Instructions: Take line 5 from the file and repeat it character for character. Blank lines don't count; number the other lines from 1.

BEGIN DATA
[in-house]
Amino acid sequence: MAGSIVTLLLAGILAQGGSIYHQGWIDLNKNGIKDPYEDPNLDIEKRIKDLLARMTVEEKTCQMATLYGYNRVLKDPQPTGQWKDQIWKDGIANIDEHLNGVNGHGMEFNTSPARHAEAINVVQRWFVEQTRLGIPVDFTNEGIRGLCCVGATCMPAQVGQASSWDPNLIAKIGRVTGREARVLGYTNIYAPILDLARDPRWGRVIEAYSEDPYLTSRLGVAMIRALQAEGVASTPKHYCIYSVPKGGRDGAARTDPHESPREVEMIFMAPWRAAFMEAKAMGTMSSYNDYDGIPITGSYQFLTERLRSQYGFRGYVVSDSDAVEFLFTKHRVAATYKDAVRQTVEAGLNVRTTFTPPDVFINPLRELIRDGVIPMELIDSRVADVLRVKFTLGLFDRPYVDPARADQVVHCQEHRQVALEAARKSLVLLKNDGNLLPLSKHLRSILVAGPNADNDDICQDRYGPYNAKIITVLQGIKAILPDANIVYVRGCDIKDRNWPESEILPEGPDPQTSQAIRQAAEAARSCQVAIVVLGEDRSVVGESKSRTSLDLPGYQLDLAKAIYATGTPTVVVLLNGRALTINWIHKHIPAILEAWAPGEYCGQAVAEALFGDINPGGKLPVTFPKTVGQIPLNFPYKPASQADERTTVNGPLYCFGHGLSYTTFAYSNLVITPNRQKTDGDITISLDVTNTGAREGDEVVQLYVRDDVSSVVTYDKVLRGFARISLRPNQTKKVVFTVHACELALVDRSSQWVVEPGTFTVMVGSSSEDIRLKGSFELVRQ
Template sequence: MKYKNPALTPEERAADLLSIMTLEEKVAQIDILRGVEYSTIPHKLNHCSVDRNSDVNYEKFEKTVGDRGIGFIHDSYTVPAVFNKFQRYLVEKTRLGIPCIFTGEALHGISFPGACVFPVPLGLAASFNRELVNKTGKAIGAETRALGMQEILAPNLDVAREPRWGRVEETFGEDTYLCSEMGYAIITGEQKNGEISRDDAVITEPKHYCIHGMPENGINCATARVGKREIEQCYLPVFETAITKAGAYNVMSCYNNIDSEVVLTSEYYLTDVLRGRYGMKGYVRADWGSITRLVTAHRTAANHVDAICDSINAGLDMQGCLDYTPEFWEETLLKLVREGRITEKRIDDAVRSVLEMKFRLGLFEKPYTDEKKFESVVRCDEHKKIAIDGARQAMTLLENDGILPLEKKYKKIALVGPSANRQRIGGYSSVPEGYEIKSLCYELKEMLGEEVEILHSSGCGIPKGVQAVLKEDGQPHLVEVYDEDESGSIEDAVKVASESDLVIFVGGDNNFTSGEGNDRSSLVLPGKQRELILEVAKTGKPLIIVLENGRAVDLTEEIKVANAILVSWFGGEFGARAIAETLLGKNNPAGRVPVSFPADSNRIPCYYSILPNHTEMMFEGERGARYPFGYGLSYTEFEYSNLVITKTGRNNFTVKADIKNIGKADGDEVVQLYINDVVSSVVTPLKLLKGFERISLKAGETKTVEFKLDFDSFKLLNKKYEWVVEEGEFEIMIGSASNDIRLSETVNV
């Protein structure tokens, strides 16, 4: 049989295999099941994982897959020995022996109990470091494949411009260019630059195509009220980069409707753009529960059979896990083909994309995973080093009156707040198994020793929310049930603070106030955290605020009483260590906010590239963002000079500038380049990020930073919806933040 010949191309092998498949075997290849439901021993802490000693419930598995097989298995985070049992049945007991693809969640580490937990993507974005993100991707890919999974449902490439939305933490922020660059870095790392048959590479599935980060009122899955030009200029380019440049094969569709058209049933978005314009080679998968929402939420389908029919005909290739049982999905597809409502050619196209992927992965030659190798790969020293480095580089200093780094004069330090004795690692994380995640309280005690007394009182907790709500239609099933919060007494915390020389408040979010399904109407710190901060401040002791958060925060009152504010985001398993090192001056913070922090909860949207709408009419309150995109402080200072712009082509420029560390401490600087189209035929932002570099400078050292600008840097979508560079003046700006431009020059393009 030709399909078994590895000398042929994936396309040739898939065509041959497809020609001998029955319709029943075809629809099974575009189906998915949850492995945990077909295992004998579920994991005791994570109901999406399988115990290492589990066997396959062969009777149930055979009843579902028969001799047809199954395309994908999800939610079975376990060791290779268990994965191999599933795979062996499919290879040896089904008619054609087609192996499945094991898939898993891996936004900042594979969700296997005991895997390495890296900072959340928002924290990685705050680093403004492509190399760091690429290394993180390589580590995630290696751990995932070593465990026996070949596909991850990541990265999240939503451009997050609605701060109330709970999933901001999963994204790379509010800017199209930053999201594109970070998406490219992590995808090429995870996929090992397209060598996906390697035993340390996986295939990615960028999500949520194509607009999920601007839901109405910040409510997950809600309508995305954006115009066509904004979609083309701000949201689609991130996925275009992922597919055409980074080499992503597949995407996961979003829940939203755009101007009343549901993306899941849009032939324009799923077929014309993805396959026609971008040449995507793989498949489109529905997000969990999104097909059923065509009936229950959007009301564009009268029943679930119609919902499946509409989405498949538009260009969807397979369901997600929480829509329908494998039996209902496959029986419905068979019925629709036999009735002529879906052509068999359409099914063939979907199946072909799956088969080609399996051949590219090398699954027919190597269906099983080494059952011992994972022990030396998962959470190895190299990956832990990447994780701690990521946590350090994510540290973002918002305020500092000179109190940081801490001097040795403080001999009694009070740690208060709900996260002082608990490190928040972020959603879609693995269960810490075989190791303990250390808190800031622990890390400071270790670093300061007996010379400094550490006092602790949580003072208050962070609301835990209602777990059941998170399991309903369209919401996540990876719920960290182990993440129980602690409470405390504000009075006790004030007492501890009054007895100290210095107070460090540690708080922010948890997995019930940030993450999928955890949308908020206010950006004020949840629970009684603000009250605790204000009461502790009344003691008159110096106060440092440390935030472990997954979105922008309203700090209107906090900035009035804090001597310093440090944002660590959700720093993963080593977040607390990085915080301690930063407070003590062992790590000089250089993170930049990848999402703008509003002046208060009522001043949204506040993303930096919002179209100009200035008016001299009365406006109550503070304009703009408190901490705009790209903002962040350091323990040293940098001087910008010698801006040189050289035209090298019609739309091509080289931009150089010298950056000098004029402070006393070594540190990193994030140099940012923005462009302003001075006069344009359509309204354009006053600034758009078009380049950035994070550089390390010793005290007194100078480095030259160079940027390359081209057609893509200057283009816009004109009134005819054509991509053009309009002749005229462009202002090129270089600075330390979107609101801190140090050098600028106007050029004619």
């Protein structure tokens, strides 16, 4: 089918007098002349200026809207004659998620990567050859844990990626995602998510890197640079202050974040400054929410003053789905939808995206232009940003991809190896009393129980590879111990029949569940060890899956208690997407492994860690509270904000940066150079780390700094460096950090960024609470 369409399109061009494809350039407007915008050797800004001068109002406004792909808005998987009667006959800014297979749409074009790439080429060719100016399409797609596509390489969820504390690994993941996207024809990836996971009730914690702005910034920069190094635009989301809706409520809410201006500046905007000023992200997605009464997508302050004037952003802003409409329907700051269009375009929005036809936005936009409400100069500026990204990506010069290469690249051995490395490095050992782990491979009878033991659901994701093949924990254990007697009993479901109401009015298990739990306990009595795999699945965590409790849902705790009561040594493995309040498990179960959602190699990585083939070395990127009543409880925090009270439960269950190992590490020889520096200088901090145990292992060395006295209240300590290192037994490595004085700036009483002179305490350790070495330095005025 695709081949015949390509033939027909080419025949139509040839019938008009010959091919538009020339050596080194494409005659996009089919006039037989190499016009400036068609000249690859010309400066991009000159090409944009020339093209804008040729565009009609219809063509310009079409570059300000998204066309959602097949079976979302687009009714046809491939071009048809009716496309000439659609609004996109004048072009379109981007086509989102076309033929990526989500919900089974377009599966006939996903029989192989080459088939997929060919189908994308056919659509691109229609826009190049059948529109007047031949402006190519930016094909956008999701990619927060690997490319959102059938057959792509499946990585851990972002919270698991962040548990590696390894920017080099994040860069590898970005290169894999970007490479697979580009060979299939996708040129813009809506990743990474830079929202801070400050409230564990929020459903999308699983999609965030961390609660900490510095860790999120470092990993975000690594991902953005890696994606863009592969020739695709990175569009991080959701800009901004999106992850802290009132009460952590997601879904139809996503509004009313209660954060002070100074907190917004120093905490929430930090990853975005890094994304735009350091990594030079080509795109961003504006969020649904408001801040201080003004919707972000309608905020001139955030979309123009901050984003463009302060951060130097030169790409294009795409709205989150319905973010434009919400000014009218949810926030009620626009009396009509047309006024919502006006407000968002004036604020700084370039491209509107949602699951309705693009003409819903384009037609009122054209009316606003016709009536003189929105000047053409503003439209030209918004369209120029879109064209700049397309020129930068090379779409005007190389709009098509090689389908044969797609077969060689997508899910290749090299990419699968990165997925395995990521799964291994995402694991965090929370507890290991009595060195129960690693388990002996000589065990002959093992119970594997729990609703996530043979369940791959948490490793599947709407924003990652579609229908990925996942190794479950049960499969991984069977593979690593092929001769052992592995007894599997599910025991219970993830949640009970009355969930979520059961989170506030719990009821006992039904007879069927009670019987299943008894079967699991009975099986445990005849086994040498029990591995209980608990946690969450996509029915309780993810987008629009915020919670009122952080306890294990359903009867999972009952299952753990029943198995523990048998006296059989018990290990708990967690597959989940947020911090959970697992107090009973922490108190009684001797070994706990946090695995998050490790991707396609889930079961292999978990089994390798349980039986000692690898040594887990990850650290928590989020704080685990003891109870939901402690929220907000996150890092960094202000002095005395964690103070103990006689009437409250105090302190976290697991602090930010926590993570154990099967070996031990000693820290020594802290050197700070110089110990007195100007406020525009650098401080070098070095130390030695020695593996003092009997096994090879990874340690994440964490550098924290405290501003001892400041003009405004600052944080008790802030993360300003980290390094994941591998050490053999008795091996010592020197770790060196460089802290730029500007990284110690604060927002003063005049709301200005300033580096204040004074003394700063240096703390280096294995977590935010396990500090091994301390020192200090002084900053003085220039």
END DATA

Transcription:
């Protein structure tokens, strides 16, 4: 089918007098002349200026809207004659998620990567050859844990990626995602998510890197640079202050974040400054929410003053789905939808995206232009940003991809190896009393129980590879111990029949569940060890899956208690997407492994860690509270904000940066150079780390700094460096950090960024609470 369409399109061009494809350039407007915008050797800004001068109002406004792909808005998987009667006959800014297979749409074009790439080429060719100016399409797609596509390489969820504390690994993941996207024809990836996971009730914690702005910034920069190094635009989301809706409520809410201006500046905007000023992200997605009464997508302050004037952003802003409409329907700051269009375009929005036809936005936009409400100069500026990204990506010069290469690249051995490395490095050992782990491979009878033991659901994701093949924990254990007697009993479901109401009015298990739990306990009595795999699945965590409790849902705790009561040594493995309040498990179960959602190699990585083939070395990127009543409880925090009270439960269950190992590490020889520096200088901090145990292992060395006295209240300590290192037994490595004085700036009483002179305490350790070495330095005025 695709081949015949390509033939027909080419025949139509040839019938008009010959091919538009020339050596080194494409005659996009089919006039037989190499016009400036068609000249690859010309400066991009000159090409944009020339093209804008040729565009009609219809063509310009079409570059300000998204066309959602097949079976979302687009009714046809491939071009048809009716496309000439659609609004996109004048072009379109981007086509989102076309033929990526989500919900089974377009599966006939996903029989192989080459088939997929060919189908994308056919659509691109229609826009190049059948529109007047031949402006190519930016094909956008999701990619927060690997490319959102059938057959792509499946990585851990972002919270698991962040548990590696390894920017080099994040860069590898970005290169894999970007490479697979580009060979299939996708040129813009809506990743990474830079929202801070400050409230564990929020459903999308699983999609965030961390609660900490510095860790999120470092990993975000690594991902953005890696994606863009592969020739695709990175569009991080959701800009901004999106992850802290009132009460952590997601879904139809996503509004009313209660954060002070100074907190917004120093905490929430930090990853975005890094994304735009350091990594030079080509795109961003504006969020649904408001801040201080003004919707972000309608905020001139955030979309123009901050984003463009302060951060130097030169790409294009795409709205989150319905973010434009919400000014009218949810926030009620626009009396009509047309006024919502006006407000968002004036604020700084370039491209509107949602699951309705693009003409819903384009037609009122054209009316606003016709009536003189929105000047053409503003439209030209918004369209120029879109064209700049397309020129930068090379779409005007190389709009098509090689389908044969797609077969060689997508899910290749090299990419699968990165997925395995990521799964291994995402694991965090929370507890290991009595060195129960690693388990002996000589065990002959093992119970594997729990609703996530043979369940791959948490490793599947709407924003990652579609229908990925996942190794479950049960499969991984069977593979690593092929001769052992592995007894599997599910025991219970993830949640009970009355969930979520059961989170506030719990009821006992039904007879069927009670019987299943008894079967699991009975099986445990005849086994040498029990591995209980608990946690969450996509029915309780993810987008629009915020919670009122952080306890294990359903009867999972009952299952753990029943198995523990048998006296059989018990290990708990967690597959989940947020911090959970697992107090009973922490108190009684001797070994706990946090695995998050490790991707396609889930079961292999978990089994390798349980039986000692690898040594887990990850650290928590989020704080685990003891109870939901402690929220907000996150890092960094202000002095005395964690103070103990006689009437409250105090302190976290697991602090930010926590993570154990099967070996031990000693820290020594802290050197700070110089110990007195100007406020525009650098401080070098070095130390030695020695593996003092009997096994090879990874340690994440964490550098924290405290501003001892400041003009405004600052944080008790802030993360300003980290390094994941591998050490053999008795091996010592020197770790060196460089802290730029500007990284110690604060927002003063005049709301200005300033580096204040004074003394700063240096703390280096294995977590935010396990500090091994301390020192200090002084900053003085220039």